13 C NMR (100 MHz) (δ: ppm): 12.38, 43.94, 81.13, 110.72, 113.28, 114.26, 119.17, 122.87, 128.91, 131.4, 132.28, 143.67, 148.30, 151.64, 155.84, 160.40, 171.39, 174.6, 177.5.

Mass: m/e = 757.3 (M + 1), 758.3 (M + 2).

2E, 2'E-3,3'-((6-(4-(N,N-Diethylamino)phenyl)-1,3,5-triazine-2,4-diyl)bis(oxy))bis(4,1-phenylene)bis(2-(benzo[d]thiazol-2-yl)acrylonitrile) 7e

4,4'-((6-(4-(N,N-Diethylamino) phenyl)-1,3,5-triazine-2,4 diyl) bis (oxy)) dibenzaldehyde 5 (1.0 g, 0.0023 mol) and 2-cyano methyl benzothiazole (0.90 g, 0.0052 mol) were dissolved in absolute ethanol (10 mL). Piperidine (0.1 mL) was added to it and the reaction mixture was stirred at room temperature for 5 h, filtered the reaction mass to separate out product and recrystallized product from ethanol.

Yield: (1.16 g, 67%), m.p.: 196°C.

FT-IR (KBr) υ max.: 513, 727, 821, 1565, 1600, 2278, 2328, 2729, 3069, 3370 cm-1.

1 H NMR (400 MHz) (δ: ppm): 1.12 (t, 6H, -CH3), 3.32 (q, 4H, -CH2), 6.67 (d, 2H, J = 9.09 Hz, Ar -H), 6.70 (d, 2H, 7.39, J = 9.09 Hz, Ar -H), 7.50 (d, 2H, J = 7.5 Hz, Ar -H), 7.52 (d, 2H, J = 7.5 Hz, Ar -H), 7.53-7.57 (d, 8H, J = 8.2 Hz, Ar -H), 8.03-8.22 (d, 4H, J = 9.09, 7.6 Hz, Ar -H), 8.46 (s, 2H, Ethylenic protons).

13 C NMR (100 MHz) (δ: ppm): 12.38, 43.94, 81.13, 110.72, 113.28, 114.26, 119.17, 122.90, 128.99, 130.92, 132.38, 147.98, 149.31, 151.64, 155.84, 158.32, 160.41, 171.28, 174.89.

Mass: m/e = 781.9 (M + 1), 782.9 (M + 2).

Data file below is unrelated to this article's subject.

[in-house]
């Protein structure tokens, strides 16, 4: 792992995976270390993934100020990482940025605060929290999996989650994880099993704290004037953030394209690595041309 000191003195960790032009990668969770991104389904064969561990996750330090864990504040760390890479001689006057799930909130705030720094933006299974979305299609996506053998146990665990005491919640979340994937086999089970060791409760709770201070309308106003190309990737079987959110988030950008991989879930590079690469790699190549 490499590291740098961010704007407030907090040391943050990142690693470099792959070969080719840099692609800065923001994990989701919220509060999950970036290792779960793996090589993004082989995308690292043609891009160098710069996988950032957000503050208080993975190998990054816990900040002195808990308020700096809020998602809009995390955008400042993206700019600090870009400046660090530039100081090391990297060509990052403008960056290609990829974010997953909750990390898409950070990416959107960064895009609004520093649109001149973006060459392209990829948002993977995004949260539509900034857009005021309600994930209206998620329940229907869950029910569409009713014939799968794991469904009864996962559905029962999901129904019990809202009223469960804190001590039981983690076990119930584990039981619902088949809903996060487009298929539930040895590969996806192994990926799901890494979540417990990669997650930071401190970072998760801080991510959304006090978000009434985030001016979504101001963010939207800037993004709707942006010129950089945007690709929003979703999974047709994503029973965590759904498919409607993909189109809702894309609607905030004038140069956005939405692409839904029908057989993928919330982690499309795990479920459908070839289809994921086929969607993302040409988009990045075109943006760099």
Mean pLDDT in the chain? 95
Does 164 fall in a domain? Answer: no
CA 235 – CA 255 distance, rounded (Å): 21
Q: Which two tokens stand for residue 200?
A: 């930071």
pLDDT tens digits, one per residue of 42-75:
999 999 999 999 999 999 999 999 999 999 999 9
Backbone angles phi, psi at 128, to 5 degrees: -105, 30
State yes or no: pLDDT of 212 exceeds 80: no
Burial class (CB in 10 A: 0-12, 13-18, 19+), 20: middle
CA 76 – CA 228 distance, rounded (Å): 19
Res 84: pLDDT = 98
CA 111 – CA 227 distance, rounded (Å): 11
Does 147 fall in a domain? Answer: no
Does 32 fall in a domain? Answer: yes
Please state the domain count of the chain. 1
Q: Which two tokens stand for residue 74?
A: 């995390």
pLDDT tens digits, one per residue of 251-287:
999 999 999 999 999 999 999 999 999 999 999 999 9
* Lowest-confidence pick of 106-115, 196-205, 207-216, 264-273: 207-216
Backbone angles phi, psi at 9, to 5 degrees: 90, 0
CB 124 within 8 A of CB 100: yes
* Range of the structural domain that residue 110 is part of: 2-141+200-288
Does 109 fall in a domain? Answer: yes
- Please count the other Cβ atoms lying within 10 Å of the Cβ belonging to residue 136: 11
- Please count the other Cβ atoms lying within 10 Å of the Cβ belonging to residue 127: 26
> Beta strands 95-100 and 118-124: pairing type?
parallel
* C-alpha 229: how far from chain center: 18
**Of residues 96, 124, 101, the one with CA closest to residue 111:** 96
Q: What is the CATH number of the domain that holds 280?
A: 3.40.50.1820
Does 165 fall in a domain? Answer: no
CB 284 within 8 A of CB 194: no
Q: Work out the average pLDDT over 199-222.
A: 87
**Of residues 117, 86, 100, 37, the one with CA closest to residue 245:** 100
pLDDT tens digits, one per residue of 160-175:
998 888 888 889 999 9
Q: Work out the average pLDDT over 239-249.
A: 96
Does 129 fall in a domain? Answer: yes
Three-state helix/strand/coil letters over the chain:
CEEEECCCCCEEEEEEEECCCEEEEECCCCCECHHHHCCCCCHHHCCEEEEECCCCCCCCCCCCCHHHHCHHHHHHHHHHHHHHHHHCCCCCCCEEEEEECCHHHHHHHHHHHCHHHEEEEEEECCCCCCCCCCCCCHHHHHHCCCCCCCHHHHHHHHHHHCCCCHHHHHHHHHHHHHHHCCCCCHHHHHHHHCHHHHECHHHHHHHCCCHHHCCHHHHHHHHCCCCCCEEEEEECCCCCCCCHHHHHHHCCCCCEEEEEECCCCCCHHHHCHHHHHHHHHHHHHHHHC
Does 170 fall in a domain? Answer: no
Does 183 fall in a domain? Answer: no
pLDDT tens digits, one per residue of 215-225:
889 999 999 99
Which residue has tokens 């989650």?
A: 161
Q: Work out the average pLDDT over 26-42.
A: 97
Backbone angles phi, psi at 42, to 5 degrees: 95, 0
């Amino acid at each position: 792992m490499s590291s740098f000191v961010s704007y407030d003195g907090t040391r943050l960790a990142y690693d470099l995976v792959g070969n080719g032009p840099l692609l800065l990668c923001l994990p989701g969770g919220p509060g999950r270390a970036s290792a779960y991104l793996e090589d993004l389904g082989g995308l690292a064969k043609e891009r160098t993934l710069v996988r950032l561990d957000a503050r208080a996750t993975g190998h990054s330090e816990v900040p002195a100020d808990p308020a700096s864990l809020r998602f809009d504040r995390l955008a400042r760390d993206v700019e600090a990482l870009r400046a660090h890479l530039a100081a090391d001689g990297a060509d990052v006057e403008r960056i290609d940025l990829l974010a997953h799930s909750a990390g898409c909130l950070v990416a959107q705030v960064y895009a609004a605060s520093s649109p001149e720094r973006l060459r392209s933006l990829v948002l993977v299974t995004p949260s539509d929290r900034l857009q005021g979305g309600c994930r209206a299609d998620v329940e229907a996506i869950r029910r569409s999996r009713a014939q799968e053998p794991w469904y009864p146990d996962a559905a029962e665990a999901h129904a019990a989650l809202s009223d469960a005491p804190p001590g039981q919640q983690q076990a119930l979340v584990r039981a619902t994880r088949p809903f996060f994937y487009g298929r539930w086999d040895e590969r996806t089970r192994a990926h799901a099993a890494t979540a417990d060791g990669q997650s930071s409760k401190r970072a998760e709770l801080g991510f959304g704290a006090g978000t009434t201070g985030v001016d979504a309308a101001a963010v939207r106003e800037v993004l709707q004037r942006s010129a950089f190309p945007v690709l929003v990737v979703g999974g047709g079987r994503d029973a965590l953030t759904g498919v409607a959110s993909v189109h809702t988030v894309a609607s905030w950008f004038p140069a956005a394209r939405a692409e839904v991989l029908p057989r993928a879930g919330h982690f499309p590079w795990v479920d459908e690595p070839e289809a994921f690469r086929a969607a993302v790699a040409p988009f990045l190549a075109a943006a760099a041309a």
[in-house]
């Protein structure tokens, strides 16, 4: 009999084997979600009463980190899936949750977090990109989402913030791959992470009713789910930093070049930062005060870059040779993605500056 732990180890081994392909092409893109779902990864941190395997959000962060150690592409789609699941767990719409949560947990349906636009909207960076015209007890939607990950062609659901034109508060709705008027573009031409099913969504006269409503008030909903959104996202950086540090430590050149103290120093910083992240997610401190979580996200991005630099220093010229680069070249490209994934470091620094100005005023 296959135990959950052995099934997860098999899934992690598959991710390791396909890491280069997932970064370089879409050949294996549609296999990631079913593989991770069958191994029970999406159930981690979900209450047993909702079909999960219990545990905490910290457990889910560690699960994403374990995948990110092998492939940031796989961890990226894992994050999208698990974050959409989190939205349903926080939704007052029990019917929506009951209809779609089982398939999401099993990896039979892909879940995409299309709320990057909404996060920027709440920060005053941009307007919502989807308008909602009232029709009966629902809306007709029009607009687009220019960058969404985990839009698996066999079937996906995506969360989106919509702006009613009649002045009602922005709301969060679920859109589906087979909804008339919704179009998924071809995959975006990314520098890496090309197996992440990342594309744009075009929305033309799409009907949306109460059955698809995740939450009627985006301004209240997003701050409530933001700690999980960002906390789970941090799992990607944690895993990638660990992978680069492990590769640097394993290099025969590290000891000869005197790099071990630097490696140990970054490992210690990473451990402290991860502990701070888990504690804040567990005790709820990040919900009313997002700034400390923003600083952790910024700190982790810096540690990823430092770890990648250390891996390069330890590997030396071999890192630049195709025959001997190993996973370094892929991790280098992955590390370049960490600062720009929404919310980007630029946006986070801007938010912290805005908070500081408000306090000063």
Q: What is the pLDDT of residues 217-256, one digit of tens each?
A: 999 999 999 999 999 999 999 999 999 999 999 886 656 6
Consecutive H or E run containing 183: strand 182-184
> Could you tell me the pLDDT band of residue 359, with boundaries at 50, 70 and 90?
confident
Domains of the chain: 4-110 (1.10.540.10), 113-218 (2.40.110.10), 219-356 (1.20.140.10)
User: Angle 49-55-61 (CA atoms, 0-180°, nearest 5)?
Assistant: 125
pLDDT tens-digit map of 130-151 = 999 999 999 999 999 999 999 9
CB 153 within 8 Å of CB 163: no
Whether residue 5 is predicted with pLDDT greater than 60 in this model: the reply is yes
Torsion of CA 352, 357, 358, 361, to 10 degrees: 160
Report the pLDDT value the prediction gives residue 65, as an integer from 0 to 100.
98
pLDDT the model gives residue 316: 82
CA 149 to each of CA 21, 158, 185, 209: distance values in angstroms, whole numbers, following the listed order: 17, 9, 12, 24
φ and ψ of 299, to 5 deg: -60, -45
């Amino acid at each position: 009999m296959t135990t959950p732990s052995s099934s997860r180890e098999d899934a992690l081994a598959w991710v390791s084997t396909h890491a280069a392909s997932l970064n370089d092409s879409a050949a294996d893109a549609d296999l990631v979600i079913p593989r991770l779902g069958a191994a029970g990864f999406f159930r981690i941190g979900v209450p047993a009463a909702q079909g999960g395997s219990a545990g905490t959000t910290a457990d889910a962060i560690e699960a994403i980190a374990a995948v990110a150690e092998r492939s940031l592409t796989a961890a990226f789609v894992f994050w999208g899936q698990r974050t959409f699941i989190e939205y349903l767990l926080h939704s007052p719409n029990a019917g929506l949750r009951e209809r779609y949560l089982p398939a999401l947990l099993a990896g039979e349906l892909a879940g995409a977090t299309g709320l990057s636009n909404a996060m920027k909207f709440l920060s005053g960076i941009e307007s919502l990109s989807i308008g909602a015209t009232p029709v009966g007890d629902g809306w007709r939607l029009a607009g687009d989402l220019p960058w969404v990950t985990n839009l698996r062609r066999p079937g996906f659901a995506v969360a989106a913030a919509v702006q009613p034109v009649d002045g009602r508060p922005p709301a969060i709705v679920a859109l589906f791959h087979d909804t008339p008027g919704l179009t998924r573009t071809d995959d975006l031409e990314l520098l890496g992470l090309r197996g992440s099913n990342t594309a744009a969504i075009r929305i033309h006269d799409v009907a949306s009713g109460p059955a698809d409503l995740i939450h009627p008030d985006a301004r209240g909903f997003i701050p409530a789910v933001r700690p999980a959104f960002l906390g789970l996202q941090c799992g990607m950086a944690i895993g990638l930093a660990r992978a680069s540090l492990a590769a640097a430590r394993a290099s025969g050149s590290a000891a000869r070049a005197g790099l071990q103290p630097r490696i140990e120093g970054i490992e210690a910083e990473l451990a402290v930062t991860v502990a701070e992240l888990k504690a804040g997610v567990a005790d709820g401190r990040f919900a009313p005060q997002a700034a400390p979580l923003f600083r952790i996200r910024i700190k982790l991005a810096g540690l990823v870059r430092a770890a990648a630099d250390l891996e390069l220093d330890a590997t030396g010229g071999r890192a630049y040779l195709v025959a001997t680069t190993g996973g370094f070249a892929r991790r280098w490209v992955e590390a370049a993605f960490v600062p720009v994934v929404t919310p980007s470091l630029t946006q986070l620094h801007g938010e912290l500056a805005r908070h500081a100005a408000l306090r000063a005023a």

2,2'- (2E, 2E')-((6-(4-( N,N -Diethylamino) phenyl)-1,3,5-triazine-2,4-diyl)bis(oxy)) bis(4,1-phenylene)) bis(1-phenyl prop-2-en-3-yl-1-ylidene))dimalononitrile 7f.

4,4'-((6-(4-(N,N-Diethylamino) phenyl)-1,3,5-triazine-2,4 diyl) bis (oxy)) dibenzaldehyde 5 (1.0 g, 0.0023 mol) and 2-(2-phenylprop-1-en-1-ylidene) malononitrile (0.87 g, 0.0052 mol) were dissolved in absolute ethanol (10 mL). Piperidine (0.1 mL) was added to it and the reaction mixture was stirred at room temperature for 5 h, filtered the reaction mass to separate out product and recrystallized product from ethanol.

Yield: (1.38 g, 74%), m.p.: 146°C.

FT-IR (KBr) υ max.: 739, 846, 1635, 2309, 3070, 3396 cm-1.

1 H NMR (400 MHz) (δ: ppm): 1.12 (t, 6H, -CH3), 3.35 (q, 4H, -CH2), 6.69 (d, 2H, J = 9.2 Hz, Ar -H), 6.72 (d, 2H, J = 9.2 Hz, Ar -H), 7.49 (d, 2H, J = 8.6 Hz, Ar -H), 7.51 (d, 2H, J = 8.6 Hz, Ar -H), 8.05-8.14 (d, 10 H, J = 8.8, 3.2 Hz, Ar -H), 8.37-8.39 (d, 6H, J = 8.8, 2.5 Hz, Ar -H), 8.42 (s, 2H, Ethylenic protons).

13 C NMR (100 MHz) (δ: ppm): 14.12, 45.43, 85.23, 112.72, 114.32, 115.26, 122.17, 124.37, 128.91, 131.4, 135.83, 147.73, 150.30, 151.64, 156.42, 165.41, 173.3, 174.16, 176.15, 179.20

Mass: m/e = 769.9 (M + 1).

Conclusion

In summary, we have developed an efficient and simple protocol for the synthesis of fluorescent chromophores containing triazine core moiety and electron withdrawing cyano/carboethoxy groups. The synthesized compounds were confirmed by FT-IR, 1H NMR, 13C NMR and Mass spectral analysis. From the emissive properties, it was concluded that the electronic coupling between donor and acceptor was sufficient to allow charge transfer in their molecules. Emission properties of synthesized compounds are sensitive towards the solvent polarity; it shows positive solvatochromism with increase in solvent polarity.

Declarations

Acknowledgements

Authors are thankful to Indian Institute of Technology, Mumbai for NMR and Mass spectral analysis.

Authors’ Affiliations

(1)
Department of Intermediate and Dyestuff Technology, Institute of Chemical Technology (Formerly UDCT)

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© Padalkar et al 2011